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"It's okay. Don't be afraid to say it—dead, death, the dead. It isn't going to go away, and if we don't face it, we'll just make it bigger than it really is. Can't live without death, can't die without life."
Mandalorian soldier Kal Skirata[1]

The deceased Padmé Amidala is drawn through the streets of Theed in a casket during her funeral.

Death was the cessation of life functions in a biological organism, permanently rendering it unresponsive to any external factors. The term "death" was also sometimes applied to droids damaged beyond repair. Sentient individuals (and perhaps all living beings), were known to enter a different plane of existence losing their consciousness and individuality. Some Jedi Masters such as Qui-Gon Jinn, however, could become one with The Force, and retain their identity after death. Other known practitioners include Obi-Wan Kenobi, Yoda, and Anakin Skywalker. It was a necessary and inevitable part of existence.

Causes of death[]

"It seems, in your anger, you killed her."
Emperor Palpatine, telling Darth Vader about his wife's death[2]

Death by blaster bolt

In most cases, death was caused by the major body parts within an organism simply "breaking down" from age and/or constant use. However, it could also be caused by irreparable damage to the major organs, such as them being ruptured, sliced, blasted, or similarly damaged. Death could also be caused by the loss of bodily fluids, such as blood, as they are required to ferry certain nutrients required for life to continue. In most cases this was oxygen, however a number of species breathed alternate substances ranging from methane to cyanogen. Suffocation could also bring about death, as it cut off the source of the required gas. If an organism entered an extremely hot or reactive area, their body could easily burn up and disintegrate, causing instant death.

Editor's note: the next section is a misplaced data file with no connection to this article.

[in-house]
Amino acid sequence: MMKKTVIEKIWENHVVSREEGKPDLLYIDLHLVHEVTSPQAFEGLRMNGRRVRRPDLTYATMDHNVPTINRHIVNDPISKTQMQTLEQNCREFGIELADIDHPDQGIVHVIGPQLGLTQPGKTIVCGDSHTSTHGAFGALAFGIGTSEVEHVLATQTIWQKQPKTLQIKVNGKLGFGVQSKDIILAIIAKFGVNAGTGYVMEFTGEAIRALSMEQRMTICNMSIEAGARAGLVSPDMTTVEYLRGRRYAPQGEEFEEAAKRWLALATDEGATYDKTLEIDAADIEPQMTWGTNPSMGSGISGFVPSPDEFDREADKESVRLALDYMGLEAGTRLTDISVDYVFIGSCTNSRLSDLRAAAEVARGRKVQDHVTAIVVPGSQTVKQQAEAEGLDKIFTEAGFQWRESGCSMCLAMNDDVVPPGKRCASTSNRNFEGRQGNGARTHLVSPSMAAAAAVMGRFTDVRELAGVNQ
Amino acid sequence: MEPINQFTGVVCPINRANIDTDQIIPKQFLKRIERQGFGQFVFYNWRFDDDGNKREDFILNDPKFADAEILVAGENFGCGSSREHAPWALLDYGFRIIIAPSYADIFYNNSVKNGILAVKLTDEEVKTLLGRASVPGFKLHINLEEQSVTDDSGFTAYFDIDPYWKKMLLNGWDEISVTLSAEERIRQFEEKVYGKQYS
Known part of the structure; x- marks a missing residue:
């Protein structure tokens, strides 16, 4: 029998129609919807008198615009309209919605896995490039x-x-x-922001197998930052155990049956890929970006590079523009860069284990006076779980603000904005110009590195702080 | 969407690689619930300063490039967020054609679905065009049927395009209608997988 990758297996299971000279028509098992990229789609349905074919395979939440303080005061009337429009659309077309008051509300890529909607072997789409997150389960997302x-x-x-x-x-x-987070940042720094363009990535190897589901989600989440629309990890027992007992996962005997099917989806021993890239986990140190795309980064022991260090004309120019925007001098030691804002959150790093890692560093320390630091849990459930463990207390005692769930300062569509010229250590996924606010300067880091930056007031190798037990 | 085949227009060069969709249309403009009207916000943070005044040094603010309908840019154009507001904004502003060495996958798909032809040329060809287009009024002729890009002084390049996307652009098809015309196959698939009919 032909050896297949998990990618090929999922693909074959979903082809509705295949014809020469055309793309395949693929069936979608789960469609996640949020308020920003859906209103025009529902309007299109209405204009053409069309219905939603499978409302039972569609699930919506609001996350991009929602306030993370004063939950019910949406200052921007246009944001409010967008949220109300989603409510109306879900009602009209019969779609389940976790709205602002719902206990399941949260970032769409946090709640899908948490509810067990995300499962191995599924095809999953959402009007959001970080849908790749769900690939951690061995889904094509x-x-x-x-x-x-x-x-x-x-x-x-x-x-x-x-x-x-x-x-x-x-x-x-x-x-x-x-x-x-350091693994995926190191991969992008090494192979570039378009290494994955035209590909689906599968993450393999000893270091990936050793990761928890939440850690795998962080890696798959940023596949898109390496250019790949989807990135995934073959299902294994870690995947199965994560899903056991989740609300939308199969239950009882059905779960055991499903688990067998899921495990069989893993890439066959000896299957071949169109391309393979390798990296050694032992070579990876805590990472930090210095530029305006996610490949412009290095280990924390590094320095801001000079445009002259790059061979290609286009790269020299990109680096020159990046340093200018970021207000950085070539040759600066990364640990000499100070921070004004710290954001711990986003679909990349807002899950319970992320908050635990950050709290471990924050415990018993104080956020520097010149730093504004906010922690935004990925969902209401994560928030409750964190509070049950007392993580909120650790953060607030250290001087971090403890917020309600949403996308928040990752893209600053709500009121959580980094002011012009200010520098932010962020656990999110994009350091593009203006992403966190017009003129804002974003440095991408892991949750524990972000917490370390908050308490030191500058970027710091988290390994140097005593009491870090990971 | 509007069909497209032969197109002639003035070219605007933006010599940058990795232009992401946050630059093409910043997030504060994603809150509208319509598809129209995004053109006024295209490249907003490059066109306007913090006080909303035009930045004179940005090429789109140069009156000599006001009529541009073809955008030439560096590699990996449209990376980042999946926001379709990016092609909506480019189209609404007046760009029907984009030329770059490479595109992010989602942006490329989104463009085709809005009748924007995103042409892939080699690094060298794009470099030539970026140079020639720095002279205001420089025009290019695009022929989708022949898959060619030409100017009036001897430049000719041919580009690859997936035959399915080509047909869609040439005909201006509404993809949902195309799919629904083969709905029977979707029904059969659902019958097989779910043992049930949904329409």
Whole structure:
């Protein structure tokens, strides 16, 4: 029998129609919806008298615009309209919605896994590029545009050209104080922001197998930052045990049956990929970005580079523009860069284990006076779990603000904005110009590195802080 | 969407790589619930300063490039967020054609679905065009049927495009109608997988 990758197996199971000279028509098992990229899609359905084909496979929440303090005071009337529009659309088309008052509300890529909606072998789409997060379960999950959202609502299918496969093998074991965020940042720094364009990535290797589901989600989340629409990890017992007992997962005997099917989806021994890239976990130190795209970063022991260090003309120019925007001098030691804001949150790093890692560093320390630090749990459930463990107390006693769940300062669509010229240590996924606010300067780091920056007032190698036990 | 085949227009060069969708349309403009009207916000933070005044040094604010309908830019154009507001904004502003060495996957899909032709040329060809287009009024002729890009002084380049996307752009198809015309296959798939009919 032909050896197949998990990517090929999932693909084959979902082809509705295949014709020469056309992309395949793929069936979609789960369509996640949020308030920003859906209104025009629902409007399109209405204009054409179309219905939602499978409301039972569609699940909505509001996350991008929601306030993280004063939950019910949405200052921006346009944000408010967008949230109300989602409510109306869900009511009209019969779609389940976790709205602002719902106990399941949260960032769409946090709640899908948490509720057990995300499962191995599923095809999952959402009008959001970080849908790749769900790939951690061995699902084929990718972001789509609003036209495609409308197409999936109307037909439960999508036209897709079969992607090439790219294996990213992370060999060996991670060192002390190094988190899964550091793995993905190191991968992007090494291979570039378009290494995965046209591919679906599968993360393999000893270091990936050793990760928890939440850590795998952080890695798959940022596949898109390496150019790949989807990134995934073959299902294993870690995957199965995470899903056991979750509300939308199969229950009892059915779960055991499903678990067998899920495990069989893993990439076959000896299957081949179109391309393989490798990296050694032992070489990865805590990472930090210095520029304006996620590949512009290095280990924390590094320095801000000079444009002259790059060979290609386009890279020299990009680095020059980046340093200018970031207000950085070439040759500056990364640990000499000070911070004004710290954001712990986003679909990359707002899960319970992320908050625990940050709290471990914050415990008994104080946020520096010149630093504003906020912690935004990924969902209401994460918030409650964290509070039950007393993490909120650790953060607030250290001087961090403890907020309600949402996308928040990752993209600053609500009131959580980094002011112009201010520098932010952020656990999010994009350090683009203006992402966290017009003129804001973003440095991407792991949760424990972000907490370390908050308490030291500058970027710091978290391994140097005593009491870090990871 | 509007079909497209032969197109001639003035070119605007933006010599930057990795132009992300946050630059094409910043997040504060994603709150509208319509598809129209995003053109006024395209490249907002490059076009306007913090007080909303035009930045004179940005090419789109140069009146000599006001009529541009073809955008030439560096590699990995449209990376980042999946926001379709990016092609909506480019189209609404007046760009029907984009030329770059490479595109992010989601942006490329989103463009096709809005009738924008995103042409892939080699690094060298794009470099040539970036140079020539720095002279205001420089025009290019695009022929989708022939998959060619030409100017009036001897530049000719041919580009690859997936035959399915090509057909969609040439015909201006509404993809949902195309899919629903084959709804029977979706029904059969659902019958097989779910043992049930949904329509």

Another cause was from cancers and infections, which occurred when dangerous bacteria and microbes took up residence in the host body, killing the flesh in that area, causing necrosis, and providing stable residence for more bacteria. Death was either caused by the bacteria getting into the bloodstream and causing necrosis in vital areas of the body, or the necrosis could simply spread and grow, literally compressing the vital organs until they ceased to function.

Suicide was the deliberate choice to end one's life. In certain other cases, death might occur if one simply no longer possessed the will to go on living, regardless of physical condition. Padmé Amidala was one such individual. Though droids could detect no organic damage to her physical body, Amidala passed away following her heartbreak at what had become of her husband, Anakin Skywalker, who had started going by the name Darth Vader, a Dark Lord of the Sith.[3]

Finally, death could be brought by the complete annihilation of the body by forces such as experienced by a being inside an exploding starship or on a planet hit by a superlaser blast.

Death and culture[]

"Death is a natural part of life. Rejoice for those around you who transform into the Force."
The Price of Failure SoR

Death by Force lightning at the hands of Emperor Palpatine

Tending to the dead constituted a significant part of culture. In many cultures, the bodies of the dead were buried either under the ground or in tombs, or burned to ashes during a funeral ceremony, attended by friends, relatives, and others who wanted to show their respect for the deceased and mourn their loss. The Jedi Order was known to cremate the bodies of their dead upon funeral pyres.

The attendance of funerals varied depending on the social status and notoriety of the dead individual. In 22 BBY, the funeral of Shmi Skywalker Lars, a former slave and later a moisture farmer's wife on Tatooine, was attended by a handful of friends and relatives: her premarital son Anakin Skywalker, her later husband Cliegg Lars, his son from a previous marriage Owen Lars, as well as Beru Whitesun, Padmé Amidala, and the droids R2-D2 and C-3PO.[4] On the other hand, when Padmé Amidala, former Queen and Senator of Naboo, died in 19 BBY, her funeral was attended by an enormous procession of mourners, including Queen Apailana of Naboo, Boss Rugor Nass of the Gungans, and Representative Jar Jar Binks, her successor as Senator of Naboo;[2] furthermore, the day of Amidala's death was deemed a national day of mourning in the Galactic Empire by Emperor Palpatine,[source?] himself a Naboo native.[5]

Tusken burial site

Tusken Raider burial site on Tatooine

The Alliance to Restore the Republic honored their deceased officers with a space burial, where the coffin was released from a cruiser into the vacuum of space. These funerals were usually attended by many other Alliance personnel who served with the deceased.